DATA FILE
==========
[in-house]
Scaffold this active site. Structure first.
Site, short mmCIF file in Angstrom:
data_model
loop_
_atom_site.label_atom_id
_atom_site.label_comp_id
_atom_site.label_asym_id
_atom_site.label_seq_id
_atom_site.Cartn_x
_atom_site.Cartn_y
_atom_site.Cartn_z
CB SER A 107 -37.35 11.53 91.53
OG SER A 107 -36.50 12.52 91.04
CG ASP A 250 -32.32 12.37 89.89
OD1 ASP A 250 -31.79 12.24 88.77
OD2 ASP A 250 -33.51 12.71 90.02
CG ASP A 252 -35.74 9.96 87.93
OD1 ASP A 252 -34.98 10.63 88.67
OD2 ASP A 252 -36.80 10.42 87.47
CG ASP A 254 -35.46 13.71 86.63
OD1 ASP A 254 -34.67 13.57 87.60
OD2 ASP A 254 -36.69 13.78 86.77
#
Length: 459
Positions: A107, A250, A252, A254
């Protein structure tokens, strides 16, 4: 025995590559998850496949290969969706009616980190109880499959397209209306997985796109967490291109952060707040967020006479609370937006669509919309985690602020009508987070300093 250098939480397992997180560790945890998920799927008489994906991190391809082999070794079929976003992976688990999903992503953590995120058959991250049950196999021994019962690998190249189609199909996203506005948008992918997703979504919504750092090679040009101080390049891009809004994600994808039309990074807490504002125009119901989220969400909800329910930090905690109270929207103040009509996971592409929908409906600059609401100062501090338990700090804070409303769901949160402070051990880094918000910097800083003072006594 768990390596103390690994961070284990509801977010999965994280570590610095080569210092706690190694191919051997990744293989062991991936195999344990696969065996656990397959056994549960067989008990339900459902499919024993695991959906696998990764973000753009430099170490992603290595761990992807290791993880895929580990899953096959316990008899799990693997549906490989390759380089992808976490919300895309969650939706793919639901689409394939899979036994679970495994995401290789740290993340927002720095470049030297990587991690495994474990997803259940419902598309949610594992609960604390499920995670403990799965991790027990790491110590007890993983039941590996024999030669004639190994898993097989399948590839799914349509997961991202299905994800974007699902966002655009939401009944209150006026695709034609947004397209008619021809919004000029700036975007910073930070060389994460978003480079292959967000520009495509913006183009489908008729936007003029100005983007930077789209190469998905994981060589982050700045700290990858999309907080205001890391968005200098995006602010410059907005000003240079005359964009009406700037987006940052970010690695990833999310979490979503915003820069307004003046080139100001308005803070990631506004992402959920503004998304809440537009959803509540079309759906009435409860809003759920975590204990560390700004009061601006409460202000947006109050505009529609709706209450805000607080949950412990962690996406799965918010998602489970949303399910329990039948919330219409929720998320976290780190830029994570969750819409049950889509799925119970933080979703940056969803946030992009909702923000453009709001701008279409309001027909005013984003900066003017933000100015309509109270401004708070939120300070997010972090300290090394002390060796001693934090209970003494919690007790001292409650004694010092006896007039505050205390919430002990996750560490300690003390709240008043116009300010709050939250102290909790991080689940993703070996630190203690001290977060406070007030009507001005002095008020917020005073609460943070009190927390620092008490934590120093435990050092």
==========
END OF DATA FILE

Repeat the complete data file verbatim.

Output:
[in-house]
Scaffold this active site. Structure first.
Site, short mmCIF file in Angstrom:
data_model
loop_
_atom_site.label_atom_id
_atom_site.label_comp_id
_atom_site.label_asym_id
_atom_site.label_seq_id
_atom_site.Cartn_x
_atom_site.Cartn_y
_atom_site.Cartn_z
CB SER A 107 -37.35 11.53 91.53
OG SER A 107 -36.50 12.52 91.04
CG ASP A 250 -32.32 12.37 89.89
OD1 ASP A 250 -31.79 12.24 88.77
OD2 ASP A 250 -33.51 12.71 90.02
CG ASP A 252 -35.74 9.96 87.93
OD1 ASP A 252 -34.98 10.63 88.67
OD2 ASP A 252 -36.80 10.42 87.47
CG ASP A 254 -35.46 13.71 86.63
OD1 ASP A 254 -34.67 13.57 87.60
OD2 ASP A 254 -36.69 13.78 86.77
#
Length: 459
Positions: A107, A250, A252, A254
């Protein structure tokens, strides 16, 4: 025995590559998850496949290969969706009616980190109880499959397209209306997985796109967490291109952060707040967020006479609370937006669509919309985690602020009508987070300093 250098939480397992997180560790945890998920799927008489994906991190391809082999070794079929976003992976688990999903992503953590995120058959991250049950196999021994019962690998190249189609199909996203506005948008992918997703979504919504750092090679040009101080390049891009809004994600994808039309990074807490504002125009119901989220969400909800329910930090905690109270929207103040009509996971592409929908409906600059609401100062501090338990700090804070409303769901949160402070051990880094918000910097800083003072006594 768990390596103390690994961070284990509801977010999965994280570590610095080569210092706690190694191919051997990744293989062991991936195999344990696969065996656990397959056994549960067989008990339900459902499919024993695991959906696998990764973000753009430099170490992603290595761990992807290791993880895929580990899953096959316990008899799990693997549906490989390759380089992808976490919300895309969650939706793919639901689409394939899979036994679970495994995401290789740290993340927002720095470049030297990587991690495994474990997803259940419902598309949610594992609960604390499920995670403990799965991790027990790491110590007890993983039941590996024999030669004639190994898993097989399948590839799914349509997961991202299905994800974007699902966002655009939401009944209150006026695709034609947004397209008619021809919004000029700036975007910073930070060389994460978003480079292959967000520009495509913006183009489908008729936007003029100005983007930077789209190469998905994981060589982050700045700290990858999309907080205001890391968005200098995006602010410059907005000003240079005359964009009406700037987006940052970010690695990833999310979490979503915003820069307004003046080139100001308005803070990631506004992402959920503004998304809440537009959803509540079309759906009435409860809003759920975590204990560390700004009061601006409460202000947006109050505009529609709706209450805000607080949950412990962690996406799965918010998602489970949303399910329990039948919330219409929720998320976290780190830029994570969750819409049950889509799925119970933080979703940056969803946030992009909702923000453009709001701008279409309001027909005013984003900066003017933000100015309509109270401004708070939120300070997010972090300290090394002390060796001693934090209970003494919690007790001292409650004694010092006896007039505050205390919430002990996750560490300690003390709240008043116009300010709050939250102290909790991080689940993703070996630190203690001290977060406070007030009507001005002095008020917020005073609460943070009190927390620092008490934590120093435990050092």